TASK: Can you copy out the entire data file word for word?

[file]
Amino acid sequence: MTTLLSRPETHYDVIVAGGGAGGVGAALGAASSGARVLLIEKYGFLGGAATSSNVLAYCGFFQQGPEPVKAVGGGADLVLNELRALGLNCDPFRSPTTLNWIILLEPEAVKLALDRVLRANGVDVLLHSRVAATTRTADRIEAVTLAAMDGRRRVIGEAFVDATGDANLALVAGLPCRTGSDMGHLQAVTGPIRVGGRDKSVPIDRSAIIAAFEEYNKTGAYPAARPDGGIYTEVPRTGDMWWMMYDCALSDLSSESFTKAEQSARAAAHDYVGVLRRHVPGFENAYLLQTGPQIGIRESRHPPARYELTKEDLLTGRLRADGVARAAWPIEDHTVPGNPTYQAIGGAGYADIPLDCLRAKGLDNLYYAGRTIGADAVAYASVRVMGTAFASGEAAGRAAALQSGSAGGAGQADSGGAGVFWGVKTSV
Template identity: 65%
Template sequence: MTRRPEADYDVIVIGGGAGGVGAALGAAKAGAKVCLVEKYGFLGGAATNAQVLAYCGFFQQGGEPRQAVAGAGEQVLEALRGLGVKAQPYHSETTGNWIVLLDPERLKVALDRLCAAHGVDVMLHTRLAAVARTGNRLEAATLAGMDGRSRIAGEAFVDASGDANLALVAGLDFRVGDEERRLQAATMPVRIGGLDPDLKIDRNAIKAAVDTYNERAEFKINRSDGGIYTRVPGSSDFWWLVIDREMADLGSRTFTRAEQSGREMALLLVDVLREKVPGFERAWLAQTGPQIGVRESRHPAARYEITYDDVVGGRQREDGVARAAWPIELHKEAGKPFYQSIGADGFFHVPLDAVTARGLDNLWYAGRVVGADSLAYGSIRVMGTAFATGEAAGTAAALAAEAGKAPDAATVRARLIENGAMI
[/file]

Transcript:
Amino acid sequence: MTTLLSRPETHYDVIVAGGGAGGVGAALGAASSGARVLLIEKYGFLGGAATSSNVLAYCGFFQQGPEPVKAVGGGADLVLNELRALGLNCDPFRSPTTLNWIILLEPEAVKLALDRVLRANGVDVLLHSRVAATTRTADRIEAVTLAAMDGRRRVIGEAFVDATGDANLALVAGLPCRTGSDMGHLQAVTGPIRVGGRDKSVPIDRSAIIAAFEEYNKTGAYPAARPDGGIYTEVPRTGDMWWMMYDCALSDLSSESFTKAEQSARAAAHDYVGVLRRHVPGFENAYLLQTGPQIGIRESRHPPARYELTKEDLLTGRLRADGVARAAWPIEDHTVPGNPTYQAIGGAGYADIPLDCLRAKGLDNLYYAGRTIGADAVAYASVRVMGTAFASGEAAGRAAALQSGSAGGAGQADSGGAGVFWGVKTSV
Template identity: 65%
Template sequence: MTRRPEADYDVIVIGGGAGGVGAALGAAKAGAKVCLVEKYGFLGGAATNAQVLAYCGFFQQGGEPRQAVAGAGEQVLEALRGLGVKAQPYHSETTGNWIVLLDPERLKVALDRLCAAHGVDVMLHTRLAAVARTGNRLEAATLAGMDGRSRIAGEAFVDASGDANLALVAGLDFRVGDEERRLQAATMPVRIGGLDPDLKIDRNAIKAAVDTYNERAEFKINRSDGGIYTRVPGSSDFWWLVIDREMADLGSRTFTRAEQSGREMALLLVDVLREKVPGFERAWLAQTGPQIGVRESRHPAARYEITYDDVVGGRQREDGVARAAWPIELHKEAGKPFYQSIGADGFFHVPLDAVTARGLDNLWYAGRVVGADSLAYGSIRVMGTAFATGEAAGTAAALAAEAGKAPDAATVRARLIENGAMI